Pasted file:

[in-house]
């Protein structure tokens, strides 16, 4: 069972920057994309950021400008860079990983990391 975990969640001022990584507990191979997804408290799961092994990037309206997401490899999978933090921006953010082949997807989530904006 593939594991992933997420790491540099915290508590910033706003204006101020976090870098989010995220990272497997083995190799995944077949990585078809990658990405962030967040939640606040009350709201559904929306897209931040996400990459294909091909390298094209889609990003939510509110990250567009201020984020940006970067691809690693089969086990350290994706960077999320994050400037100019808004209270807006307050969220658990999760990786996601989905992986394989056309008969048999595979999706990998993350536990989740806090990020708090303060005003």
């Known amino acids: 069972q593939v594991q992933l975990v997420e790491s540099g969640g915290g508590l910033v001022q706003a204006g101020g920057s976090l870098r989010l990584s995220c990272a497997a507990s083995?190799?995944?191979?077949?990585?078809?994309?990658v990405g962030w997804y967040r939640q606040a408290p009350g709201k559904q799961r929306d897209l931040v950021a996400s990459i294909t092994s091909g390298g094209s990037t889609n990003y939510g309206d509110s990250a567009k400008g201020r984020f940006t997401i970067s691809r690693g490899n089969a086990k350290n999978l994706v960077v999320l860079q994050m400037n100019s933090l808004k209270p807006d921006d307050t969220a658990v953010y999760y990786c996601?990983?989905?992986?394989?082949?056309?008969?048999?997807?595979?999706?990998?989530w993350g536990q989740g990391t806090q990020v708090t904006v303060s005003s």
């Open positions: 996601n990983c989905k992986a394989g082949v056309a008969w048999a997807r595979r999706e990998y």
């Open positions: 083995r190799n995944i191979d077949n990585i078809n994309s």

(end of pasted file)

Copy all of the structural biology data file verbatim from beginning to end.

[in-house]
């Protein structure tokens, strides 16, 4: 069972920057994309950021400008860079990983990391 975990969640001022990584507990191979997804408290799961092994990037309206997401490899999978933090921006953010082949997807989530904006 593939594991992933997420790491540099915290508590910033706003204006101020976090870098989010995220990272497997083995190799995944077949990585078809990658990405962030967040939640606040009350709201559904929306897209931040996400990459294909091909390298094209889609990003939510509110990250567009201020984020940006970067691809690693089969086990350290994706960077999320994050400037100019808004209270807006307050969220658990999760990786996601989905992986394989056309008969048999595979999706990998993350536990989740806090990020708090303060005003």
């Known amino acids: 069972q593939v594991q992933l975990v997420e790491s540099g969640g915290g508590l910033v001022q706003a204006g101020g920057s976090l870098r989010l990584s995220c990272a497997a507990s083995?190799?995944?191979?077949?990585?078809?994309?990658v990405g962030w997804y967040r939640q606040a408290p009350g709201k559904q799961r929306d897209l931040v950021a996400s990459i294909t092994s091909g390298g094209s990037t889609n990003y939510g309206d509110s990250a567009k400008g201020r984020f940006t997401i970067s691809r690693g490899n089969a086990k350290n999978l994706v960077v999320l860079q994050m400037n100019s933090l808004k209270p807006d921006d307050t969220a658990v953010y999760y990786c996601?990983?989905?992986?394989?082949?056309?008969?048999?997807?595979?999706?990998?989530w993350g536990q989740g990391t806090q990020v708090t904006v303060s005003s």
């Open positions: 996601n990983c989905k992986a394989g082949v056309a008969w048999a997807r595979r999706e990998y």
């Open positions: 083995r190799n995944i191979d077949n990585i078809n994309s």